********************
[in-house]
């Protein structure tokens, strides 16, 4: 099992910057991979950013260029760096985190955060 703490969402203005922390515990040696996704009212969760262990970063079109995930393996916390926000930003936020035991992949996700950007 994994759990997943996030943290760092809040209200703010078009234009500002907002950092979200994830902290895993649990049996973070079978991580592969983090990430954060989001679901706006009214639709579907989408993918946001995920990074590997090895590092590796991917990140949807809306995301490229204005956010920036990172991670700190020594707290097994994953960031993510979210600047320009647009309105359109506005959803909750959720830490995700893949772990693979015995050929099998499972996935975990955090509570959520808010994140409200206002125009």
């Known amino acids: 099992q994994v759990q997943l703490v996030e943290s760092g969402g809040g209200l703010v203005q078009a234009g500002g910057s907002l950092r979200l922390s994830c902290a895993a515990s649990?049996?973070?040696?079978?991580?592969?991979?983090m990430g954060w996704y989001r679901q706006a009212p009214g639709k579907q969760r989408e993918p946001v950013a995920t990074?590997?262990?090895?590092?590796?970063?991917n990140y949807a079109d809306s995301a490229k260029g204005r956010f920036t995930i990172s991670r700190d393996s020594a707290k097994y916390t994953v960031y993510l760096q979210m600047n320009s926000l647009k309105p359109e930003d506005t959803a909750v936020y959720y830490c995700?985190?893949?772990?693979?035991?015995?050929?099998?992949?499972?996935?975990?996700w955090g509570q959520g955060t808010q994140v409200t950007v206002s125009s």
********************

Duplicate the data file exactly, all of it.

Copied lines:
[in-house]
């Protein structure tokens, strides 16, 4: 099992910057991979950013260029760096985190955060 703490969402203005922390515990040696996704009212969760262990970063079109995930393996916390926000930003936020035991992949996700950007 994994759990997943996030943290760092809040209200703010078009234009500002907002950092979200994830902290895993649990049996973070079978991580592969983090990430954060989001679901706006009214639709579907989408993918946001995920990074590997090895590092590796991917990140949807809306995301490229204005956010920036990172991670700190020594707290097994994953960031993510979210600047320009647009309105359109506005959803909750959720830490995700893949772990693979015995050929099998499972996935975990955090509570959520808010994140409200206002125009």
């Known amino acids: 099992q994994v759990q997943l703490v996030e943290s760092g969402g809040g209200l703010v203005q078009a234009g500002g910057s907002l950092r979200l922390s994830c902290a895993a515990s649990?049996?973070?040696?079978?991580?592969?991979?983090m990430g954060w996704y989001r679901q706006a009212p009214g639709k579907q969760r989408e993918p946001v950013a995920t990074?590997?262990?090895?590092?590796?970063?991917n990140y949807a079109d809306s995301a490229k260029g204005r956010f920036t995930i990172s991670r700190d393996s020594a707290k097994y916390t994953v960031y993510l760096q979210m600047n320009s926000l647009k309105p359109e930003d506005t959803a909750v936020y959720y830490c995700?985190?893949?772990?693979?035991?015995?050929?099998?992949?499972?996935?975990?996700w955090g509570q959520g955060t808010q994140v409200t950007v206002s125009s």